AWS Security Blog

How to manage security governance using DevOps methodologies

I’ve conducted more security audits and reviews than I can comfortably count, and I’ve found that these reviews can be surprisingly open to interpretation (as much as they try not to be). Many companies use spreadsheets to explain and limit business risks, with an annual review to confirm the continued suitability of their controls. However, multiple business stakeholders often influence the master security control set, which can result in challenges like security control definitions being repeated with different wording, or being inconsistently scoped. Reviewing these spreadsheets is not especially fun for anyone.

I believe it’s possible for businesses to not only define their security controls in a less ambiguous way, but also to automate security audits, allowing for more rapid innovation. The approach I’ll demonstrate in this post isn’t a silver bullet, but it’s a method by which you can control some of that inevitable shift in threat evaluations resulting from changes in business and technical operations, such as vulnerability announcements, feature updates, or new requirements.

My solution comes in two parts and borrows some foundational methodologies from DevOps culture. If you’re not familiar with DevOps, you can read more about it here. AWS defines DevOps as “the combination of cultural philosophies, practices, and tools that increases an organization’s ability to deliver applications and services at high velocity: evolving and improving products at a faster pace than organizations using traditional software development and infrastructure management processes.” Sounds pretty good, right?

User story definitions of security controls

The process of developing security controls should start with a threat modeling exercise. There are some great tools out there that can help you develop very rich threat models for your solutions. I have a personal preference for using STRIDE with my customers, as it’s very widely accepted and has a low barrier to use, but you might also try PASTA, DREAD, VAST, Trike, or OCTAVE. All of these tools result in a risk register being published. A risk register is a prioritized list of risks to your business (or some component of your business or solution), their likelihood of being realized, and their impact if they were to be realized. Combining these factors results in a risk score. You’ll walk through the various mechanisms for those risks to be addressed based on their likelihood or impact. The mechanisms can be directive, preventative, detective or responsive controls; collectively, these are your security controls. (If you want to learn more about the difference between control types, check out the whitepaper AWS Cloud Adoption Framework: Security Perspective.)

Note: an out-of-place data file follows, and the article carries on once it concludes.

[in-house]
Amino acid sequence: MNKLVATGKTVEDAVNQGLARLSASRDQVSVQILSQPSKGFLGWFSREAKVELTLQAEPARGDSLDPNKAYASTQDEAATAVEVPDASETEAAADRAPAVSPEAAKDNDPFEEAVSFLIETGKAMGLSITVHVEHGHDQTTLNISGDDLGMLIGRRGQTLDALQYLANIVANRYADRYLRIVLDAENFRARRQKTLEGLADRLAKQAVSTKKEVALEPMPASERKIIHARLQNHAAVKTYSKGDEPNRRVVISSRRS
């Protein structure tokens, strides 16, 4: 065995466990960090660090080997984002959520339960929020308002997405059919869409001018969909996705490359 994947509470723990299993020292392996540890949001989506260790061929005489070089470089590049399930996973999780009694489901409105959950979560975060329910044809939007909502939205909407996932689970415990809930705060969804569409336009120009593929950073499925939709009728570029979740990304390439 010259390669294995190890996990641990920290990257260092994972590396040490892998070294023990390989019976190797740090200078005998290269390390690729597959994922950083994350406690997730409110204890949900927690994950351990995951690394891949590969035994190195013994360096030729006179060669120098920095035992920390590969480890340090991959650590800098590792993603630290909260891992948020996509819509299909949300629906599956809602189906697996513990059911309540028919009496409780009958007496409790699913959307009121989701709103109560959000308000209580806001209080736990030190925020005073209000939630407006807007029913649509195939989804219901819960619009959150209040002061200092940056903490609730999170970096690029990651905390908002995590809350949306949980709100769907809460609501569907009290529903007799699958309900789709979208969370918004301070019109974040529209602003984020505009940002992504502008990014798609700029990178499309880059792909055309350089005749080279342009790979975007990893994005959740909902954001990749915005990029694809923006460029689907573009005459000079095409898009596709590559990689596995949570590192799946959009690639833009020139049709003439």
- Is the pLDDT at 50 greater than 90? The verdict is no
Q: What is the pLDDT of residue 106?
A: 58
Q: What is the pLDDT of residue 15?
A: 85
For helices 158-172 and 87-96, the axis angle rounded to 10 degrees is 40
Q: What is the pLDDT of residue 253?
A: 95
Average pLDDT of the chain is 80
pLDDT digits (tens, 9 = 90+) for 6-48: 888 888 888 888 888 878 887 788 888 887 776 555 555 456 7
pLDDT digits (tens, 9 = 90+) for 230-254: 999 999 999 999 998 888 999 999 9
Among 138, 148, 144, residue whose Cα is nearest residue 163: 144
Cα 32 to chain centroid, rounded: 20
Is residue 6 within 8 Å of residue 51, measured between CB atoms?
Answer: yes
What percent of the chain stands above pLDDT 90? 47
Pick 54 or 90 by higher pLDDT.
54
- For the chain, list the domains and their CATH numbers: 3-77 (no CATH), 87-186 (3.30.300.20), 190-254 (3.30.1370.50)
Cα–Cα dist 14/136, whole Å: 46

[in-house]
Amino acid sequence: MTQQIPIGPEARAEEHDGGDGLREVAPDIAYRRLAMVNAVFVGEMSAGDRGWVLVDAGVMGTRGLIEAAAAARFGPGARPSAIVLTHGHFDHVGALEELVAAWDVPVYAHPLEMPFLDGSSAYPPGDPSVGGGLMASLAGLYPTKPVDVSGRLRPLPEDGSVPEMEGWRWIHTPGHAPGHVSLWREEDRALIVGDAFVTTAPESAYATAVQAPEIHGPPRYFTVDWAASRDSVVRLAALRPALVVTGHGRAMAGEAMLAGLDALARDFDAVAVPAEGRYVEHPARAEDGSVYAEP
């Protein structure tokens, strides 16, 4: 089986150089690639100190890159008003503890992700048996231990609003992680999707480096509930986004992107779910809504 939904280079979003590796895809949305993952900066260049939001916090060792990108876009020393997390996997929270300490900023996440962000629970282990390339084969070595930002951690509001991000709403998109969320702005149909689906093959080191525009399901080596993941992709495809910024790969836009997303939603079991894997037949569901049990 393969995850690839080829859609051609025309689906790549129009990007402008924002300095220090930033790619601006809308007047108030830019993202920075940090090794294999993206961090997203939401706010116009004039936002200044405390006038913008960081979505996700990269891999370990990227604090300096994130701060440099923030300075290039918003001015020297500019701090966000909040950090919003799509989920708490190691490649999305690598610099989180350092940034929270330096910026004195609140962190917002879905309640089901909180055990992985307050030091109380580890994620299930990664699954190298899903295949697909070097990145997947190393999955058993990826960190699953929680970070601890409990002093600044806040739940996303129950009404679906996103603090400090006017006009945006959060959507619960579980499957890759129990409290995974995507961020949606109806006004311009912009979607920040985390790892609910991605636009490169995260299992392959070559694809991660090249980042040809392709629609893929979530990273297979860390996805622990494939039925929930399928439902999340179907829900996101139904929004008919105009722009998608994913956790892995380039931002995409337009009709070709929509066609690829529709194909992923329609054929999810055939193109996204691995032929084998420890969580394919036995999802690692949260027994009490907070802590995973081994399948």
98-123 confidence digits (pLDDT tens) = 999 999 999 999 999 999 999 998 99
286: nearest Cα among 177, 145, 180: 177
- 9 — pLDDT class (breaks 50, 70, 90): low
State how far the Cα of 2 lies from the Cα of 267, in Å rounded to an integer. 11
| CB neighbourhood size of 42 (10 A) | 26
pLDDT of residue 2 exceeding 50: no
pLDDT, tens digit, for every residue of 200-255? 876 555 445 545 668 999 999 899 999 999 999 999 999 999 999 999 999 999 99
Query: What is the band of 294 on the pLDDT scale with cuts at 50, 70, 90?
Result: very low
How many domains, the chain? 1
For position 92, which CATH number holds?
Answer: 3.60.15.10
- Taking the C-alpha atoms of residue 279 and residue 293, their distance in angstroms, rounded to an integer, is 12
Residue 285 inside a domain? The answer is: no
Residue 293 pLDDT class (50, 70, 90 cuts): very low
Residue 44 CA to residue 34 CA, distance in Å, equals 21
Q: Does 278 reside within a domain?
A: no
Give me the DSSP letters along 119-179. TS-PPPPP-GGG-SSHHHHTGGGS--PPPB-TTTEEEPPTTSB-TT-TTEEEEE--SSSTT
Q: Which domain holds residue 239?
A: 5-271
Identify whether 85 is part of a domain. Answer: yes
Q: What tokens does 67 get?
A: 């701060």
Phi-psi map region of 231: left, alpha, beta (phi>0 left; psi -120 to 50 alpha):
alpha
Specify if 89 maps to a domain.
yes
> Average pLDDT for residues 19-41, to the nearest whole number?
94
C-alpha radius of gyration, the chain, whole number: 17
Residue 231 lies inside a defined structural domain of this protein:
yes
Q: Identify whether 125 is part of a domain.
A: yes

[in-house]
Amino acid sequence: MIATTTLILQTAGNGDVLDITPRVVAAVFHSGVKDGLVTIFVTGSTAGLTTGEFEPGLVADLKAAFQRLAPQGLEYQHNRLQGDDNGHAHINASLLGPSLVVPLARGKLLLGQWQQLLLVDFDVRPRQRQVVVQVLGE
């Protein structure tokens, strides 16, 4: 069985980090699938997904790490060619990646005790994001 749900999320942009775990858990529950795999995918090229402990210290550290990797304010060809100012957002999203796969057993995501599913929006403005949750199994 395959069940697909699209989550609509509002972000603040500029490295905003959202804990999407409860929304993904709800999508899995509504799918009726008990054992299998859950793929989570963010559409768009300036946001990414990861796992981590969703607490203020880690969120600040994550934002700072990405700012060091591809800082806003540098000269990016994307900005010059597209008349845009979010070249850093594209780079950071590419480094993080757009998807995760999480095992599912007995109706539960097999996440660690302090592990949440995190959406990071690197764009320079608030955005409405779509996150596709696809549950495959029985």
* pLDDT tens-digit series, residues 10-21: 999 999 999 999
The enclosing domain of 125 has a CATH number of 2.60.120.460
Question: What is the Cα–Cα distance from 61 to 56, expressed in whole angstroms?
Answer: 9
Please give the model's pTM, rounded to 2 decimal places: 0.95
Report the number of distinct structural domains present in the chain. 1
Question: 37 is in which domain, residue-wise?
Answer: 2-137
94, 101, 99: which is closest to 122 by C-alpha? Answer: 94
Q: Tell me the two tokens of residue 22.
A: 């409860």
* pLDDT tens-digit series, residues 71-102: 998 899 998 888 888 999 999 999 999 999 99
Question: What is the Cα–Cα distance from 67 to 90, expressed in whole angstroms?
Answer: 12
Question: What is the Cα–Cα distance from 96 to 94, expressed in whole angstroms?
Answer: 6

Figure 1: The AWS Cloud Adoption Framework Security Perspective

Figure 1 – The AWS Cloud Adoption Framework Security Perspective

Security controls should be carefully worded to avoid ambiguity. Each control typically takes the form of a single statement that requires some action or configuration. The action or configuration results in the documented risk either being mitigated in full or else leaving some residual risk, which can be managed further with other security controls as required by your business’s risk tolerance.

However, the end result can feel like a children’s game of “Telephone” in that an implemented control doesn’t always relate closely to the originally envisioned threat. Consider the following security control definition:

  • Only approved AMIs are allowed to be used.